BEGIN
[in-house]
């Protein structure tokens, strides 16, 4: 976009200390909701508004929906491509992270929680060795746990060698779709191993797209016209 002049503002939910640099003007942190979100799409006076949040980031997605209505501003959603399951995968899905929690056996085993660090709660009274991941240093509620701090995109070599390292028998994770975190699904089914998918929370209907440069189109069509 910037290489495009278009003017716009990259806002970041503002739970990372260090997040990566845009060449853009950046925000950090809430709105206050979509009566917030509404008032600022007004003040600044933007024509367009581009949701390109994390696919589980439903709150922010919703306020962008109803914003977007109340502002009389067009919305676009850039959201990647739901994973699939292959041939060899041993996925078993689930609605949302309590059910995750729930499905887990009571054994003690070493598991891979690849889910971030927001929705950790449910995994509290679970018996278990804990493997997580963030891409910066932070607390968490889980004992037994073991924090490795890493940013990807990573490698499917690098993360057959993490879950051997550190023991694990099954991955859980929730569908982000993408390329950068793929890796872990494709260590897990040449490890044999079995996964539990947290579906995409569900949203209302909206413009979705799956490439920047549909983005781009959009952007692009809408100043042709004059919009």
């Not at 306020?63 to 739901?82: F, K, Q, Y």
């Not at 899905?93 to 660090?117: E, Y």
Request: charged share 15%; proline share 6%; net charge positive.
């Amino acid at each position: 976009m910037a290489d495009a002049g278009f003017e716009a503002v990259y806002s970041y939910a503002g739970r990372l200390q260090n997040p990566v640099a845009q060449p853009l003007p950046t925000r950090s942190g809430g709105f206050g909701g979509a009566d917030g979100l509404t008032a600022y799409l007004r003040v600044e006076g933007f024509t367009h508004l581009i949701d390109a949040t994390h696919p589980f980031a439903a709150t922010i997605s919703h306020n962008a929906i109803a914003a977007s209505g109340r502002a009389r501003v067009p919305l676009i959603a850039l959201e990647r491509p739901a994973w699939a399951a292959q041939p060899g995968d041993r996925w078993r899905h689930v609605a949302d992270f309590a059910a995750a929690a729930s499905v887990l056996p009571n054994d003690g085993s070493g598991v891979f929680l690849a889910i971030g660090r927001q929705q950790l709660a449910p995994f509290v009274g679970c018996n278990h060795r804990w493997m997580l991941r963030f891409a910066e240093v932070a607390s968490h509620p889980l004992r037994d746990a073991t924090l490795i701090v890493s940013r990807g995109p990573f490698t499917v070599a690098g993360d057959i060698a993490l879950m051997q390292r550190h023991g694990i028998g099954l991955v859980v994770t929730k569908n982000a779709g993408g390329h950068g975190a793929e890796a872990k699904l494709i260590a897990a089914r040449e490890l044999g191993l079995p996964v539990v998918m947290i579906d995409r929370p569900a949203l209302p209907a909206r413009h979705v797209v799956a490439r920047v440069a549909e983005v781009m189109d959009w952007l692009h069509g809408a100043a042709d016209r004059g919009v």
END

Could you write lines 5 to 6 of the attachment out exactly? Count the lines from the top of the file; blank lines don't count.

Request: charged share 15%; proline share 6%; net charge positive.
């Amino acid at each position: 976009m910037a290489d495009a002049g278009f003017e716009a503002v990259y806002s970041y939910a503002g739970r990372l200390q260090n997040p990566v640099a845009q060449p853009l003007p950046t925000r950090s942190g809430g709105f206050g909701g979509a009566d917030g979100l509404t008032a600022y799409l007004r003040v600044e006076g933007f024509t367009h508004l581009i949701d390109a949040t994390h696919p589980f980031a439903a709150t922010i997605s919703h306020n962008a929906i109803a914003a977007s209505g109340r502002a009389r501003v067009p919305l676009i959603a850039l959201e990647r491509p739901a994973w699939a399951a292959q041939p060899g995968d041993r996925w078993r899905h689930v609605a949302d992270f309590a059910a995750a929690a729930s499905v887990l056996p009571n054994d003690g085993s070493g598991v891979f929680l690849a889910i971030g660090r927001q929705q950790l709660a449910p995994f509290v009274g679970c018996n278990h060795r804990w493997m997580l991941r963030f891409a910066e240093v932070a607390s968490h509620p889980l004992r037994d746990a073991t924090l490795i701090v890493s940013r990807g995109p990573f490698t499917v070599a690098g993360d057959i060698a993490l879950m051997q390292r550190h023991g694990i028998g099954l991955v859980v994770t929730k569908n982000a779709g993408g390329h950068g975190a793929e890796a872990k699904l494709i260590a897990a089914r040449e490890l044999g191993l079995p996964v539990v998918m947290i579906d995409r929370p569900a949203l209302p209907a909206r413009h979705v797209v799956a490439r920047v440069a549909e983005v781009m189109d959009w952007l692009h069509g809408a100043a042709d016209r004059g919009v």